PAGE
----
Maria Cortez-Perez graduated from a North Carolina high school with a 4.2 GPA, but her college dreams were put on hold for one reason: she is undocumented.
"I was unable to go off to college with the rest of my peers because I have to pay out-of-state tuition, but, unfortunately, undocumented students do not qualify for federal financial aid," Cortez-Perez explained. "And then, on top of that, we are charged out-of-state [tuition] which is three times higher than a resident or citizen living in the state."
Cortez-Perez is one of about 50 students who participated in an "Undocu-graduation" at the North Carolina Legislative Building on Thursday. The students visited the offices of lawmakers, asking them to push House Bill 1081 through the committee for a vote.
The bill would give undocumented students in-state tuition. But, as Cortez-Perez learned at this doorknock, not everyone welcomes the idea.
"Someone who's brought here as a child, they didn't have that choice," said Rep. Tim Moore, Speaker of the House (R-District 111). "But they're here because it's a great country and the opportunities that are here. But I really think that we can't just start making exceptions to the residency rule to in-state tuition. If we do that, what's the next exception?"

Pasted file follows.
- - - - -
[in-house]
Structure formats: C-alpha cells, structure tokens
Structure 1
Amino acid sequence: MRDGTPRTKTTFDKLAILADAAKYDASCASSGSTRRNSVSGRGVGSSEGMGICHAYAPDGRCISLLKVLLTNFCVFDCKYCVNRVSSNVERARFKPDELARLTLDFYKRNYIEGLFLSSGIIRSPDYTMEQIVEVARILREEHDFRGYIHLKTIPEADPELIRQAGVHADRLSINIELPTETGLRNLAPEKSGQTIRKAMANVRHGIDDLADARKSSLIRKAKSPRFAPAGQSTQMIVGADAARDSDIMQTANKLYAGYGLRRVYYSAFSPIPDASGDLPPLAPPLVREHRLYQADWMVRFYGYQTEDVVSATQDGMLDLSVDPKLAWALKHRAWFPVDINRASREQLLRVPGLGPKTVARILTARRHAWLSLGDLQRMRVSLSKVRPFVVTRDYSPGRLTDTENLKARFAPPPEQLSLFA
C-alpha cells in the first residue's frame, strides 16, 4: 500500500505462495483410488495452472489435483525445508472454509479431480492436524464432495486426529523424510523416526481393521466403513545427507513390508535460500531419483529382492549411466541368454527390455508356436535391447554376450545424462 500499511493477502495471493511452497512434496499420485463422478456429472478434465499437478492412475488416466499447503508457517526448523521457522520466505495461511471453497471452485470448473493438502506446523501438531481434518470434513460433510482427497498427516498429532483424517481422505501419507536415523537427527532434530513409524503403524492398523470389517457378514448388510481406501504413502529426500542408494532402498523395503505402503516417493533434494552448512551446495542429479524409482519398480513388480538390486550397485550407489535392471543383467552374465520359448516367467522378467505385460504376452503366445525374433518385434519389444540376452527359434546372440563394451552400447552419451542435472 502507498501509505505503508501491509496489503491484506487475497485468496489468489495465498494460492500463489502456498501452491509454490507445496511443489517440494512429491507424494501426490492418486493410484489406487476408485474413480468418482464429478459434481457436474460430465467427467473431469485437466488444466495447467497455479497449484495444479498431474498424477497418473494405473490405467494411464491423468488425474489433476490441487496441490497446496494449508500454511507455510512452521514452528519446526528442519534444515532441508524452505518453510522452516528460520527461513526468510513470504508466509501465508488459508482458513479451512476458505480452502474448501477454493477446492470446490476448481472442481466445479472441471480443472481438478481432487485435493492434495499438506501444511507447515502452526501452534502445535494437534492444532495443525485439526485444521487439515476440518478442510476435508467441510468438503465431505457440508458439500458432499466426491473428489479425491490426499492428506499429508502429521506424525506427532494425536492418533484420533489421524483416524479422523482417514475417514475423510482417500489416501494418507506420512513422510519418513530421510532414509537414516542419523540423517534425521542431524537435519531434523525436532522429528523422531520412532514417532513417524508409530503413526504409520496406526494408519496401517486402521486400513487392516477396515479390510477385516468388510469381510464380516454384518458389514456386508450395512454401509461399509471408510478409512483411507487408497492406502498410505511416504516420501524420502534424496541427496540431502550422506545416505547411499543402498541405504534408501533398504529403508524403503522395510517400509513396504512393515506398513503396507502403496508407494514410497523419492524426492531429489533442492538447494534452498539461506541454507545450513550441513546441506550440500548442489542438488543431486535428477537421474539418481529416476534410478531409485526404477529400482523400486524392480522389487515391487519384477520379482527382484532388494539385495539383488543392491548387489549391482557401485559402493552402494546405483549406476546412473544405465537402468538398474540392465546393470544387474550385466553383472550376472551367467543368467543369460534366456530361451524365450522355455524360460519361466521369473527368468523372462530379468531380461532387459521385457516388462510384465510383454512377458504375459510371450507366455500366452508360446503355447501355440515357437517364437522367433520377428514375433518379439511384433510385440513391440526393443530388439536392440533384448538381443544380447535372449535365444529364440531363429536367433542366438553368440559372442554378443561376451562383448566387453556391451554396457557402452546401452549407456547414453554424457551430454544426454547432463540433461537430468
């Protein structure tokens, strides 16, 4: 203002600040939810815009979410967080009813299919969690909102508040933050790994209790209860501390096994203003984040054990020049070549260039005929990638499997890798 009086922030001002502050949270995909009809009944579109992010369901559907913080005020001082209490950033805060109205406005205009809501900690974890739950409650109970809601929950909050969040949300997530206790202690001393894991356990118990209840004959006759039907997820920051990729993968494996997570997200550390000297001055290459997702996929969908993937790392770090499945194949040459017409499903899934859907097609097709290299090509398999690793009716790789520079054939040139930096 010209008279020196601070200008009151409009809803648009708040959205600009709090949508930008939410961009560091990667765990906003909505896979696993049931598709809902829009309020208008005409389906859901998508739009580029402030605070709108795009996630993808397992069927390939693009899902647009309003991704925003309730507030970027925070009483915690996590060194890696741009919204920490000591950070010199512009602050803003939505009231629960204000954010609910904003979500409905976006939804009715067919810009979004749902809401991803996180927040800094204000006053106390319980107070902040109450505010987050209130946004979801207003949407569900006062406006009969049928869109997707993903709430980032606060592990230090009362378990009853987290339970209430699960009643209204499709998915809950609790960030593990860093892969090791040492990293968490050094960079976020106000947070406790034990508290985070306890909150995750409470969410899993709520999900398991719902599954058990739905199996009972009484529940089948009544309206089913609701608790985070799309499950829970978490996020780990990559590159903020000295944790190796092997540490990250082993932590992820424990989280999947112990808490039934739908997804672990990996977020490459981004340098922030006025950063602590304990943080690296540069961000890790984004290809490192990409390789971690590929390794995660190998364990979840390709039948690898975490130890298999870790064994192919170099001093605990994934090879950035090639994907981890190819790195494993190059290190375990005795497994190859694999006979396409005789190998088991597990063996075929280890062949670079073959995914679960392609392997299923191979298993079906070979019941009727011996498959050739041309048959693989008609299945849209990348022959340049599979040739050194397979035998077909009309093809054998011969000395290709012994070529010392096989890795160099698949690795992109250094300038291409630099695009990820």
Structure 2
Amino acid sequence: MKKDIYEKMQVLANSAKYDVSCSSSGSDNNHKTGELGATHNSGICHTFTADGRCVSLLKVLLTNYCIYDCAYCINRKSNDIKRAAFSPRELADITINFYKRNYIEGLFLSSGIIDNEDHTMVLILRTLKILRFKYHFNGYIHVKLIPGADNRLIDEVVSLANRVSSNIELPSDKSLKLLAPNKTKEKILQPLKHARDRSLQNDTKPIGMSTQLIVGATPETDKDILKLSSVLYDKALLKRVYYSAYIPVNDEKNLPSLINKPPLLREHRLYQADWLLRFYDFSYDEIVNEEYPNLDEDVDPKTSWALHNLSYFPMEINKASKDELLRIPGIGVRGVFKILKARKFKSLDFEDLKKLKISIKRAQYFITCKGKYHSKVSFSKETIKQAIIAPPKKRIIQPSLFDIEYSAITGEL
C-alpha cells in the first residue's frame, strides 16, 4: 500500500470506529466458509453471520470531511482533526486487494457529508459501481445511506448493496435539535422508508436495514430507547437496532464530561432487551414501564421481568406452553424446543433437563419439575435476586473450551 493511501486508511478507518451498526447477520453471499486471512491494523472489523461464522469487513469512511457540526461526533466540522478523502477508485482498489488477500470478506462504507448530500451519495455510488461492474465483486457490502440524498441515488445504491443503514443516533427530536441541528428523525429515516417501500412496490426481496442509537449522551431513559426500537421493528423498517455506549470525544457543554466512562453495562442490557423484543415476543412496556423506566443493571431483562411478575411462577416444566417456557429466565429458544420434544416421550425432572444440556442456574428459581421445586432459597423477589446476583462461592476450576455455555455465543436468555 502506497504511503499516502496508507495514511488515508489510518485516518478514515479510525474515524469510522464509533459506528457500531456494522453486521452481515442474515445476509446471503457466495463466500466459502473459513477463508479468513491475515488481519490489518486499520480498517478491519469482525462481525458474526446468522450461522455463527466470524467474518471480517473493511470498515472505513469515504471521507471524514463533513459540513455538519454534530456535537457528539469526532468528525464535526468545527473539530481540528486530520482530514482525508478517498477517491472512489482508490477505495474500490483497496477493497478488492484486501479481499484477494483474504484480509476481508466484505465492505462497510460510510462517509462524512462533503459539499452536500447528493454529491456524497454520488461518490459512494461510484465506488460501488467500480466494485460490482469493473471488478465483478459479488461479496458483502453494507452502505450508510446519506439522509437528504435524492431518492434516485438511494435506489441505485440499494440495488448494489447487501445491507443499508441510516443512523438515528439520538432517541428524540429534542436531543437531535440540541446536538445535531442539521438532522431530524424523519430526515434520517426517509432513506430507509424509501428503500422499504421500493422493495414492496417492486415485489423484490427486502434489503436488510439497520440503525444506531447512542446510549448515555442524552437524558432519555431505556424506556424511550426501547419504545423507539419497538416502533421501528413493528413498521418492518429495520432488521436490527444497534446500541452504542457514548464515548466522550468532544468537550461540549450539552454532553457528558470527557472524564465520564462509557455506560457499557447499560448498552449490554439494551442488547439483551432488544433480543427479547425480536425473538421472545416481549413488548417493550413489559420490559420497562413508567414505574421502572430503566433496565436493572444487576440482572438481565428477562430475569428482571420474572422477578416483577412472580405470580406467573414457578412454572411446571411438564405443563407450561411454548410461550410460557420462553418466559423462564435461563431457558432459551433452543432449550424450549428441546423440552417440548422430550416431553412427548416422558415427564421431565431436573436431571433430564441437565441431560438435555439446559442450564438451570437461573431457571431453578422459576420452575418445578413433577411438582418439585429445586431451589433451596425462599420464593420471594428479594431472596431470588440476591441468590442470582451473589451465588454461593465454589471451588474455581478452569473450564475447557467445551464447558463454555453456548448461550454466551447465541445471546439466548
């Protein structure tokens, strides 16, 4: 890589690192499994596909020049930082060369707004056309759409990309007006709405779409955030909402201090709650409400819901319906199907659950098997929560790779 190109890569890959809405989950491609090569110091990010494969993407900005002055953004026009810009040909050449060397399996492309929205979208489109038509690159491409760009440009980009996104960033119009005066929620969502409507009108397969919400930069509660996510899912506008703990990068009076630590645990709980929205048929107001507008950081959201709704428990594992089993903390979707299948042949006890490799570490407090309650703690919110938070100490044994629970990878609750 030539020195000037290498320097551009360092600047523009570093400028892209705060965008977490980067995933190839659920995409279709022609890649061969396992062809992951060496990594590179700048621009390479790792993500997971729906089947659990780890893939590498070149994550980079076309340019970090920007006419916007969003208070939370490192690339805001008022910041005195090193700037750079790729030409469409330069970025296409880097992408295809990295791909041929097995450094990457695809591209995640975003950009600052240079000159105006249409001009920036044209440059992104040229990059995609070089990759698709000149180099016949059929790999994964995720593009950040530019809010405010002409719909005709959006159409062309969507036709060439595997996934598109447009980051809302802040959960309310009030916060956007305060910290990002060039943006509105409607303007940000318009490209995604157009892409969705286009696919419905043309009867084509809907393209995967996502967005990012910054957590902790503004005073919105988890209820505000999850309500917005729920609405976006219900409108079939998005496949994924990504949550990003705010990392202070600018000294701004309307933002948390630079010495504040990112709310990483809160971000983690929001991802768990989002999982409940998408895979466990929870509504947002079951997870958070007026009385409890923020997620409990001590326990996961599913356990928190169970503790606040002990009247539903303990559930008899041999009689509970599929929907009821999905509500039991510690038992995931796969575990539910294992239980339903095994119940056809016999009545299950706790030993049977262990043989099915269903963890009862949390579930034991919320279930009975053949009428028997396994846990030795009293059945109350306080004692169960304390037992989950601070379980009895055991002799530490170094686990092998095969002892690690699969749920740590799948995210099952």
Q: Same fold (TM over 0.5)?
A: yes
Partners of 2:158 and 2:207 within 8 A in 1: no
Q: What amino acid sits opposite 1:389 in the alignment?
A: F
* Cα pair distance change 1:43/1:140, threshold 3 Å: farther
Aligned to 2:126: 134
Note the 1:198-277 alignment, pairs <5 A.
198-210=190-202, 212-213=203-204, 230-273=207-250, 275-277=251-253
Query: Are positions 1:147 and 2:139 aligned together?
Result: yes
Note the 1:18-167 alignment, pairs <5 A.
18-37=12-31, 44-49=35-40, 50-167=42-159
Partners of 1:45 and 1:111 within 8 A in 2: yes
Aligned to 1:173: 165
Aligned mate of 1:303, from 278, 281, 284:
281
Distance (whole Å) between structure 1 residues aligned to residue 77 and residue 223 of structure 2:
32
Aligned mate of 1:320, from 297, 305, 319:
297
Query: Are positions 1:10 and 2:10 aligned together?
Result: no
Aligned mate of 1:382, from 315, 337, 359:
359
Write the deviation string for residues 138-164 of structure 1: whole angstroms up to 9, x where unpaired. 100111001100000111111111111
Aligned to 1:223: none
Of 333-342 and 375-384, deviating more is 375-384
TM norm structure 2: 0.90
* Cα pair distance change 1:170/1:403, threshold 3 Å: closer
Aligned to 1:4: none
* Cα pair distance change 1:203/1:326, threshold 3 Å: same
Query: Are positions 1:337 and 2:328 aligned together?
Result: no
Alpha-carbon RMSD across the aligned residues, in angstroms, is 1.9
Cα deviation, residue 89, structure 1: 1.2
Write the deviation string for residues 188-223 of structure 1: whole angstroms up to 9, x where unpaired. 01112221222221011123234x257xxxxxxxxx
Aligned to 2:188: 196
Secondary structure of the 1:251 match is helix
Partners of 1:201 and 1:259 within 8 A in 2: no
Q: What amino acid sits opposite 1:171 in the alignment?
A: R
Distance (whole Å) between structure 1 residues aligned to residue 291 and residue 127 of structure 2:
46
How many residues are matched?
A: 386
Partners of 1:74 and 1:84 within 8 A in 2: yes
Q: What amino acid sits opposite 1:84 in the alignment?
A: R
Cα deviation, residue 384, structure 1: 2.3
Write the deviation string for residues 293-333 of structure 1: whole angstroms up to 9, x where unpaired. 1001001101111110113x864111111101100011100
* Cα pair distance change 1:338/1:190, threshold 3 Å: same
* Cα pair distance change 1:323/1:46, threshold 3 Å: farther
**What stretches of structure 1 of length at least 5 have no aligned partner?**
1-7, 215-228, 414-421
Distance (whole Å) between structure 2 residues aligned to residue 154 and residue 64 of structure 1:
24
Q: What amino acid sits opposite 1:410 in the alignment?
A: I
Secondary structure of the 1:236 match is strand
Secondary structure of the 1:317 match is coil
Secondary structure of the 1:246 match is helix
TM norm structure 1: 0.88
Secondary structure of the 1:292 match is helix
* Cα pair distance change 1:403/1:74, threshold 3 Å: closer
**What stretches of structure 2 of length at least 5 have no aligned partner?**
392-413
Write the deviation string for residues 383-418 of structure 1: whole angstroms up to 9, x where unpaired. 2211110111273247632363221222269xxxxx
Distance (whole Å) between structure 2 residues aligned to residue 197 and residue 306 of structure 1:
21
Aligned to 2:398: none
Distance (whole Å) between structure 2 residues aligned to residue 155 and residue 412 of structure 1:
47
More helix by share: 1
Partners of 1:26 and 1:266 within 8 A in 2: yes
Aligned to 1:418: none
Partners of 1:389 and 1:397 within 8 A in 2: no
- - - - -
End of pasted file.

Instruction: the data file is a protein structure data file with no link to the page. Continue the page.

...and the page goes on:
The students at the Legislative Building on Thursday represented the estimated 40,000 undocumented students in the state. Some will go on to college, and some, like Cortez-Perez, will face a tougher road.
"Existing is not a crime. I came when I was 10 years old, and my concerns then were 'am I going to make friends at school?' You don't think about your legal status until you get to this point," said undocumented student Fernando Jimenez. "So I just want to say to them that I'm here to better my community and I'm here to work hard for it."
Cortez-Perez was finally presented an opportunity after being out of school for two years, though. The Mexico native has been awarded a scholarship from a private organization called the "Golden Door" scholarship. She plans to attend Wake Forest University in the fall.
"Education is a priority in my family, and it's very important," Cortez-Perez shared. "So we're here to get an education, to be part of the community and give back."
The Undocu-graduation was organized by the Adelanto Education Coalition and backed by groups such as El Pueblo. It's unclear if House Bill 1081 will move forward for a vote.
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